Uruguay's opposition candidate Luis Lacalle Pou admitted on Thursday that defeating incumbent Tabare Vazquez in the 30 November runoff is 'difficult' but not impossible. In last Sunday's first round the incumbent candidate garnered 47.9% of the vote and Lacalle Pou, 30.9%.
Percentages show that it's going to be difficult but we are going to go after a social majority to win at the end of November. We are going to appeal specially to that 52% that did not vote for the Broad Front coalition and for their trust and support said Lacalle Pou, on the launching of his month long campaign.
Lacalle Pou said there won't be any major surprises in the campaign for the people to decide on Uruguay's next president, and vice-president, who will give the Upper House the majority since now there is a 15 tie.
Among the issues the candidate promised if elected, are the immediate elimination of a controversial tax on pensions, on March first, inauguration day, and lifting the floor of the income tax, we're going to loosen the belt for those with low incomes.
Take my word, no new taxes, no increase in the retirement age, all of which is in our government agenda, added Lacalle Pou who insisted that the government must be closely monitored, public opinion must know what is going on; let's put an end to sectarianism, no more the good and bad guys, we're all Uruguayans.
The opposition candidate also underlined his ”Zero Settlements (slums) program which will aid 200.000 Uruguayans, and we will do it with no hand outs or in exchange for votes.
Regarding education Lacalle Pou recalled that in Uruguay, 80% of children and teen agers are students at government run schools, we can't look sideways, We must improve the quality of schools, of teaching and not propose vouchers to have children sent to private schools: that is discrimination.
The best social inclusion is schooling and that should be our target, the target of all candidates, not scholarships for the best to go to private schools, he underlined.
Before Lacalle Pou, his ticket companion and vice-president hopeful Jorge Larrañaga addressed the rally saying that nor Vazquez or the Broad Front coalition can offer certainties because in a divided country, confidence comes across with dialogue and pluralism, and thus the runoff option is between an open, plural government and dialogue, or more Broad Front and their radical integration.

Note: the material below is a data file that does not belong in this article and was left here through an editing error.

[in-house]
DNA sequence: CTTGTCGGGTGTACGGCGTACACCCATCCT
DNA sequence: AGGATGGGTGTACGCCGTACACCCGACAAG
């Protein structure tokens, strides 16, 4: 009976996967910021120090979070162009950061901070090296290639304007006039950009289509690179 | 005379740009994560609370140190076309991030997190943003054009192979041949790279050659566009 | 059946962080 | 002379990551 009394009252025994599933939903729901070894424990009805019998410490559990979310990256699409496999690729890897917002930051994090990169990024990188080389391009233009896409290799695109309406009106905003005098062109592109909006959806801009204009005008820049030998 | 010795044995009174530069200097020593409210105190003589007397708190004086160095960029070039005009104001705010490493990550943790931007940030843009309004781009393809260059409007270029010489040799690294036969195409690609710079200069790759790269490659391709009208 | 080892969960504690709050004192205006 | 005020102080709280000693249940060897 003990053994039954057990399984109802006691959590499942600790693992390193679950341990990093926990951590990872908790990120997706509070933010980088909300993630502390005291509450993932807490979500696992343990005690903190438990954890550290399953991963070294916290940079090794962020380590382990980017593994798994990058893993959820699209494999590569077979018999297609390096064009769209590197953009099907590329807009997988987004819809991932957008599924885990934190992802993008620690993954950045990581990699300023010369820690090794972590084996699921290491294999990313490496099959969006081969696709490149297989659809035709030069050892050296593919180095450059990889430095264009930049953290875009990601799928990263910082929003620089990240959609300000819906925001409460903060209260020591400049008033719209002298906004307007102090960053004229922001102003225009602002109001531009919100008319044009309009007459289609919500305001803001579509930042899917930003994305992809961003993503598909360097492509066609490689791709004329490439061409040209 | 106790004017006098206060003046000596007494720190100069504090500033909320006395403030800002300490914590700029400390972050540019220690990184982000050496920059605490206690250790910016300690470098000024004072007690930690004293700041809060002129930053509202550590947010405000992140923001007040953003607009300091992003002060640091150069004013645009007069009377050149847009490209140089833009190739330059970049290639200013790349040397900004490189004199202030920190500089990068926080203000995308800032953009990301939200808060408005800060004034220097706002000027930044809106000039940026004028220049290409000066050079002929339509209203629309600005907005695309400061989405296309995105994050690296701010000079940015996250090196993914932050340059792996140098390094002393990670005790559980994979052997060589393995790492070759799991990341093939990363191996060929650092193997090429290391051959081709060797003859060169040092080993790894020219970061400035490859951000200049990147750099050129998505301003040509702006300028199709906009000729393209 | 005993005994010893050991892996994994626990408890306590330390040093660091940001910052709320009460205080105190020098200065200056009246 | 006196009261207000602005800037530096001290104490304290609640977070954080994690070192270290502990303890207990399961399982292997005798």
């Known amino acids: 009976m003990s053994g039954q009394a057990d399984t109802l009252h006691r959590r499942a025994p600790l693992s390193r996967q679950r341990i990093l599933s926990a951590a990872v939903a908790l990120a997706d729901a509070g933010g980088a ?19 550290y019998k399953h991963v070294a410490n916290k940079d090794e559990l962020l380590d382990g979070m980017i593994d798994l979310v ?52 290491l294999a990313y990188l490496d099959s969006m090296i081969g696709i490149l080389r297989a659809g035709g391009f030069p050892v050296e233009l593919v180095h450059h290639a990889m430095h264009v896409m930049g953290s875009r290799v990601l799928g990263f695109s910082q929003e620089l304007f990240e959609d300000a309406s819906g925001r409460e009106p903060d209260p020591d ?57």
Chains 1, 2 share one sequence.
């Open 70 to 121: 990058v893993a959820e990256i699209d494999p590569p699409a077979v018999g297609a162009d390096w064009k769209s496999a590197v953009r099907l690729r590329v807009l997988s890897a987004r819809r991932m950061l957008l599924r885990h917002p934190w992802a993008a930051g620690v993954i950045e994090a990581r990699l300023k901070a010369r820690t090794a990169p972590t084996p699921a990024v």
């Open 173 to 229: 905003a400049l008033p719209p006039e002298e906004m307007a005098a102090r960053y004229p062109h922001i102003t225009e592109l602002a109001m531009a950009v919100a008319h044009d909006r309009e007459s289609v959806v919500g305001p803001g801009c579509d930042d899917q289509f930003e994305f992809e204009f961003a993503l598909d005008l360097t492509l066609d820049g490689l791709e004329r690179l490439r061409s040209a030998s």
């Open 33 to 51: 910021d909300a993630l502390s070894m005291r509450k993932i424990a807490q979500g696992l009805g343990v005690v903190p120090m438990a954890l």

The Broad Front in these last ten years has always ruled with a majority in parliament but has been unable to establish dialogue and reach agreements: they simply turned the bulldozer on, insisted Larrañaga.
He then recalled that the ruling coalition still does not have a majority in parliament since it needs numerically an extra Senator, and has a majority of 'radical' senators. And to monitor closely any government, a 'majority in parliament is not the solution, dialogue, reliability is essential
Today the Broad Front has 15 senators and most of them are radicals. Thus if Vazquez wins, the course and destiny of the government will be in the hands of these radicals and this is a fact, we know who are going to occupy those benches said Larrañaga and added, the Broad Front might have a majority in the Legislative, but certainly not Vazquez.
The big question is yes, Vazquez could win, but could he govern? Certainly not with the radicals, so what are they talking about?, said Larrañaga.
We are committed to winning in November and representing everybody: it's not an easy or simple task, but when has it been? We have great faith that with Lacalle Pou we can challenge and succeed, he concluded.
If former president Vazquez (2005/2010) finally does not make it to 30 November, and Lacalle Pou is elected, the Broad Front would have 15 Senators and the rest 16, eleven from the National party of the winning candidate, four from the junior opposition Colorado party and one Independent.
In the Lower House the current ruling coalition managed 50 out of 99 seats.